Alzheimer's Awareness Month 2021

January is Alzheimer's Awareness Month in Canada. Learn what that means and how you can get involved.

the memories we share - Alicia's story

This Alzheimer's Awareness Month, step inside the lives of Alicia and her family as they confront this disease head-on and share their story, struggle, and moments of connection.

What is Alzheimer's Awareness Month?

Each January, the Alzheimer Society supports Alzheimer's Awareness Month.

During this month, we at the Society encourage organizations and individuals like you, to learn more about dementia and its stark impact on Canadians.

In particular, we invite everyone to listen to the voices of Canadians unable to avoid the immediate realities of Alzheimer's disease and other dementias – from people living with dementia, to their families, to their caregivers, to their healthcare providers and more.

We also ask you to go one step further, and share what you've learned with people you know, such as your friends, family members and co-workers.

And while Alzheimer's Awareness Month may stop at the end of January, the experiences of people who live with dementia do not. As such, we ask you to take what you've learned during the month and continue to share it throughout the year.

By understanding what people living with dementia experience in their day-to-day-lives – their struggles, their successes and their hopes – together we can raise awareness of dementia throughout Canada.

Awareness is the first step to fighting stigmareinforcing human rights and pushing for policy change, as well as other actions that can lift up Canadians living with dementia.

Please support Alzheimer's Awareness Month. It's an easy start to helping your fellow Canadians who are living with this serious disease.

Our Current Campaign: Alicia's Story

This year, the Alzheimer Society will launch a 4-part short film series that follows Alicia, a beautiful, vibrant mother and grandmother who lives with Alzheimer’s, and her family, as they confront this disease head-on and share their story, struggle, and moments of connection.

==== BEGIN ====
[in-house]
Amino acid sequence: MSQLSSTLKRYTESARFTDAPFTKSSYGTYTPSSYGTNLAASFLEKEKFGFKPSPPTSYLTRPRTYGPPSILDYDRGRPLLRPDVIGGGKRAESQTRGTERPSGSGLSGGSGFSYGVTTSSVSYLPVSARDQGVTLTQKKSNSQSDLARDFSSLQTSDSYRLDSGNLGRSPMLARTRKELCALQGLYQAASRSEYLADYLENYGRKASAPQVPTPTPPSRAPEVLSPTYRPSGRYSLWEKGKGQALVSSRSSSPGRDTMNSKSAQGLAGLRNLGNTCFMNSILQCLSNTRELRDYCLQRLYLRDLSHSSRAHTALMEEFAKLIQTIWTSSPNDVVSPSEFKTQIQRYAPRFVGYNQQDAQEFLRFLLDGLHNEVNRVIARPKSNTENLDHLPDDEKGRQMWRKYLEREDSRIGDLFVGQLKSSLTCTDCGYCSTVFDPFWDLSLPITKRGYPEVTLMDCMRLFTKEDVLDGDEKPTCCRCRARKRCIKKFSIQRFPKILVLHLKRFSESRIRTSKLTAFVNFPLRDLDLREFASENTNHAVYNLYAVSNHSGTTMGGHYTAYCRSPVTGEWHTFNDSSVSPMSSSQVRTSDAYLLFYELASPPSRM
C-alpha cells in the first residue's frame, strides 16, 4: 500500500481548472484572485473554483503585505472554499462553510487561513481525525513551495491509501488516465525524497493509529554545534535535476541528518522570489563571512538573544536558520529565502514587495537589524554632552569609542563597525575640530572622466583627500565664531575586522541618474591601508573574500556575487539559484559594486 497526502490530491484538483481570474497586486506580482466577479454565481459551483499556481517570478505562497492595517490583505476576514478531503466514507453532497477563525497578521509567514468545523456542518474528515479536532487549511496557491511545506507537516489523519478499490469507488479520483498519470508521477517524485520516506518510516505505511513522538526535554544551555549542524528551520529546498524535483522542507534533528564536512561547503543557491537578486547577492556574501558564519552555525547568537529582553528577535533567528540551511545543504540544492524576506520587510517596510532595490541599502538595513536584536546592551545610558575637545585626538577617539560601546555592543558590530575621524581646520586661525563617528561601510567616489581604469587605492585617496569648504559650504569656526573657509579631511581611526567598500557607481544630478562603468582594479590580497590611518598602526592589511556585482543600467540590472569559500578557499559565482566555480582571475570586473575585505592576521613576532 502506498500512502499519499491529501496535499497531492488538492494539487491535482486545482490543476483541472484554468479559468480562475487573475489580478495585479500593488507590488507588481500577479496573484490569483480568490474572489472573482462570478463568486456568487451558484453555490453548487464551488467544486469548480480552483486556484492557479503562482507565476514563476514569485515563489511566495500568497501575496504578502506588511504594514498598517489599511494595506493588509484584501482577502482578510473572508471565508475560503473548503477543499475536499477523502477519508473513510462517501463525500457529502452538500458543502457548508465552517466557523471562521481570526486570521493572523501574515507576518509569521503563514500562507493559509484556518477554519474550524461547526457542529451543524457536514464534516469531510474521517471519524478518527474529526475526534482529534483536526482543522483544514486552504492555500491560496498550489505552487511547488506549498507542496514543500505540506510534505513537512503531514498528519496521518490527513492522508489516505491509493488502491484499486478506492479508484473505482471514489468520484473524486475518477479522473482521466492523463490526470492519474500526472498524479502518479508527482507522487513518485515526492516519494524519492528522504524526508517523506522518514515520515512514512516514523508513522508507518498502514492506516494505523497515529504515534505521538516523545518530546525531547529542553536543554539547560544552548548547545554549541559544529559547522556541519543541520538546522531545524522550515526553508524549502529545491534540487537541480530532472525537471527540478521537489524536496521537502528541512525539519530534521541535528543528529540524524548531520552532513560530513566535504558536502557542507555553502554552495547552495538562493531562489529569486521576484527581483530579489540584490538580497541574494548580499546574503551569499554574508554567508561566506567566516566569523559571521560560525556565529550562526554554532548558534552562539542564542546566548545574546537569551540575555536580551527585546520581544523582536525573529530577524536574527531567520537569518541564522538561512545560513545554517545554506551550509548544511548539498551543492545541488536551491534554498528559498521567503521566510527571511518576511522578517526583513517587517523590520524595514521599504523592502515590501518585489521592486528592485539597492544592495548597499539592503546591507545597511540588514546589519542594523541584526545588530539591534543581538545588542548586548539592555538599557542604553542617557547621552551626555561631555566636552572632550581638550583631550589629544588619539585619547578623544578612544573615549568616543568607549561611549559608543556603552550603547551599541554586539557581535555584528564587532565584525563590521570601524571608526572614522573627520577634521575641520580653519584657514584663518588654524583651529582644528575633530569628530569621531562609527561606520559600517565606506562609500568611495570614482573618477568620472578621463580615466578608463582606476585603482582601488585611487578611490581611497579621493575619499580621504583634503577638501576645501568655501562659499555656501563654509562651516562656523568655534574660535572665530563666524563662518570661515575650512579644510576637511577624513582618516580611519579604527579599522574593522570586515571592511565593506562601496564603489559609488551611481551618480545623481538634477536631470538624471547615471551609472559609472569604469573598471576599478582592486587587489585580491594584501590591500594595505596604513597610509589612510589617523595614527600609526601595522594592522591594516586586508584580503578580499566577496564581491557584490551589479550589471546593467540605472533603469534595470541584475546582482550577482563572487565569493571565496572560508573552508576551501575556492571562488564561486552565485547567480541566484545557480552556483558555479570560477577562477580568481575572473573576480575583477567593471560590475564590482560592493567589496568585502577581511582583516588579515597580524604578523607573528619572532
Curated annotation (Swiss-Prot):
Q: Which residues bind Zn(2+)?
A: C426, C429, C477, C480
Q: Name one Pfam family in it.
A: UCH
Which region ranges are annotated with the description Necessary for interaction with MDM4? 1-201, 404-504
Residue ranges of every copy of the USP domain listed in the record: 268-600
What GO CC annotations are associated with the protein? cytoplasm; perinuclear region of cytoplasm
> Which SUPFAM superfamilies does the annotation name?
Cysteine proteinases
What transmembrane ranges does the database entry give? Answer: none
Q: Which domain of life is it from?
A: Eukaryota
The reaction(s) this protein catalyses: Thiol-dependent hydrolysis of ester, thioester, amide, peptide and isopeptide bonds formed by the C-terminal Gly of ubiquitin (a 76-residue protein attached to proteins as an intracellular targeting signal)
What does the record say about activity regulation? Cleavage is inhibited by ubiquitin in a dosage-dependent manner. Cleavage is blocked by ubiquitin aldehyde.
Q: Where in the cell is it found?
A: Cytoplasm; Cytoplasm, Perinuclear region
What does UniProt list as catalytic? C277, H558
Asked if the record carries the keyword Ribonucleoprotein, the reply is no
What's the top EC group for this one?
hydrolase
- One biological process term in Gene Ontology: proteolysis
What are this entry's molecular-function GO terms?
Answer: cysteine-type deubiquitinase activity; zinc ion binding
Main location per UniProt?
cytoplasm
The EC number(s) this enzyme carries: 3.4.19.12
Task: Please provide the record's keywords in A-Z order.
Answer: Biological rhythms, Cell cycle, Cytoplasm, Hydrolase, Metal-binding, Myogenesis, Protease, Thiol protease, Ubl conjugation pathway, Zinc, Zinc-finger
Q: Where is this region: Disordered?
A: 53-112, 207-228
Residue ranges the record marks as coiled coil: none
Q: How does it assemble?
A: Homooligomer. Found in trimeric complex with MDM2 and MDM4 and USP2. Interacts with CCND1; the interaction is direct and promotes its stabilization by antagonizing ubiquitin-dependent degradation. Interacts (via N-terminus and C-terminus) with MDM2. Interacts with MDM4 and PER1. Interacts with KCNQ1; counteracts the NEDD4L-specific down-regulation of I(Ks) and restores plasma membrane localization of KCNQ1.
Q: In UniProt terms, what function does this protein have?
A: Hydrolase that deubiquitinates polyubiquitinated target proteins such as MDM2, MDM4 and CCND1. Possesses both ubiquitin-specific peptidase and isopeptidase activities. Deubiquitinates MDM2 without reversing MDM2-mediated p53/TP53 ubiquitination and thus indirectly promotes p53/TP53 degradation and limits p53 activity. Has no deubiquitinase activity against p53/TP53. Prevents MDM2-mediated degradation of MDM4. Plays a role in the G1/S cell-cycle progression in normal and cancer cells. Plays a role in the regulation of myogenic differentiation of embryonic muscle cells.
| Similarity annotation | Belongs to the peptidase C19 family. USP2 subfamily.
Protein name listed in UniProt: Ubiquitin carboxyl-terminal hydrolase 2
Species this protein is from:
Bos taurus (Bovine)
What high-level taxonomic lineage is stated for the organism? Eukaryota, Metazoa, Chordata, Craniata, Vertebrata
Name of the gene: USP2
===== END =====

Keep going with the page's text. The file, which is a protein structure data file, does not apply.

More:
Throughout the series, viewers step inside the lives of Alicia, who was diagnosed with Alzheimer’s disease 10 years ago, her daughter and caregiver, Judy, and the rest of her family to get a look at how this disease affects Alicia and her family, the challenges and heartbreak they face, as well as the feelings of togetherness and moments of laughter they share.

“I hope by sharing our story, it shows others who are going through similar situations that they are not alone,” says Judy, Alicia’s daughter and caregiver. “Sharing and connecting with others is so important. It changes everything.”

Throughout January and the remainder of the year, we invite Canadians to follow along and watch Alicia and her family's story.

Six Ways You Can Support Alzheimer's Awareness Month

1. Follow along and watch Alicia's story

The best way to understand the impact of stigma is to hear it directly from people living with dementia.

2. Donate to your local Society

Our services are offered free of charge thanks to the generosity of our donors. Donate today to make a difference in the lives of individuals and families affected by dementia. 

3. Visit our special website

Check out for useful information and resources to help you learn more and take action to end dementia stigma.

4. Learn more about dementia and stigma

Misconceptions are often at the root of stigma. Find out about communication, behaviour, safety, and more. Learn about the stigma against dementia.

5. Connect with your local Society

Find out what's going on your local Alzheimer Society, including how your local Society helps in your community and how you can get involved. Find your local Society.

6. Share what you've learned

Talk to your friends and family about dementia and the stigma that's attached with a diagnosis. 

7. Support our other campaigns

Besides Alzheimer's Awareness Month, the Alzheimer Society also supports people living with dementia assert their rights and fight stigma through the Canadian Charter of Rights for People with Dementia.

We also support the implementation of Canada's first-ever national dementia strategy that can systemically reduce stigma against dementia in Canada.

We're committed to taking a person-first approach to the Dementia-Friendly Canada project to ensure all Canadians living with dementia feel valued and empowered, that organizations be inclusive and accessible and that everyone uses their awareness of dementia to make changes, individually and as a society.

Learn more about these campaigns and others like it happening near you.